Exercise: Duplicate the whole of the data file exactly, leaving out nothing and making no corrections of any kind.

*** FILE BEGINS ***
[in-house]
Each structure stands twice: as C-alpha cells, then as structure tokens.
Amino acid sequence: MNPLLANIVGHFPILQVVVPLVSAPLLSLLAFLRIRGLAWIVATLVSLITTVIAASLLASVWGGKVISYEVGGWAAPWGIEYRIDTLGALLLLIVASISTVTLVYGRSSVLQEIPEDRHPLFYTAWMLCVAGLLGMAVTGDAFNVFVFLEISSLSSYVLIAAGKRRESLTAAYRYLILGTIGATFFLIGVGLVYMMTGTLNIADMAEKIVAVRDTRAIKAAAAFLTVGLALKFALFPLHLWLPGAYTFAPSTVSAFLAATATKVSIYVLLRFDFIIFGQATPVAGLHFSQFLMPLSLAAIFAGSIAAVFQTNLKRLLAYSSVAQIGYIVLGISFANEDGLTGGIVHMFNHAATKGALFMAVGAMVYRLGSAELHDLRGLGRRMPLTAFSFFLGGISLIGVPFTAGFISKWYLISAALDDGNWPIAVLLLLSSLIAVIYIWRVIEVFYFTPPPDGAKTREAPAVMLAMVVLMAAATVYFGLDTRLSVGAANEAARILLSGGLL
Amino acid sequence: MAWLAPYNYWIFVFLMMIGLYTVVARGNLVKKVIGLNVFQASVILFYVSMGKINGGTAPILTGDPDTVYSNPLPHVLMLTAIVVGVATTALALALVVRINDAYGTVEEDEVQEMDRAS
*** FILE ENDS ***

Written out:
[in-house]
Each structure stands twice: as C-alpha cells, then as structure tokens.
Amino acid sequence: MNPLLANIVGHFPILQVVVPLVSAPLLSLLAFLRIRGLAWIVATLVSLITTVIAASLLASVWGGKVISYEVGGWAAPWGIEYRIDTLGALLLLIVASISTVTLVYGRSSVLQEIPEDRHPLFYTAWMLCVAGLLGMAVTGDAFNVFVFLEISSLSSYVLIAAGKRRESLTAAYRYLILGTIGATFFLIGVGLVYMMTGTLNIADMAEKIVAVRDTRAIKAAAAFLTVGLALKFALFPLHLWLPGAYTFAPSTVSAFLAATATKVSIYVLLRFDFIIFGQATPVAGLHFSQFLMPLSLAAIFAGSIAAVFQTNLKRLLAYSSVAQIGYIVLGISFANEDGLTGGIVHMFNHAATKGALFMAVGAMVYRLGSAELHDLRGLGRRMPLTAFSFFLGGISLIGVPFTAGFISKWYLISAALDDGNWPIAVLLLLSSLIAVIYIWRVIEVFYFTPPPDGAKTREAPAVMLAMVVLMAAATVYFGLDTRLSVGAANEAARILLSGGLL
Amino acid sequence: MAWLAPYNYWIFVFLMMIGLYTVVARGNLVKKVIGLNVFQASVILFYVSMGKINGGTAPILTGDPDTVYSNPLPHVLMLTAIVVGVATTALALALVVRINDAYGTVEEDEVQEMDRAS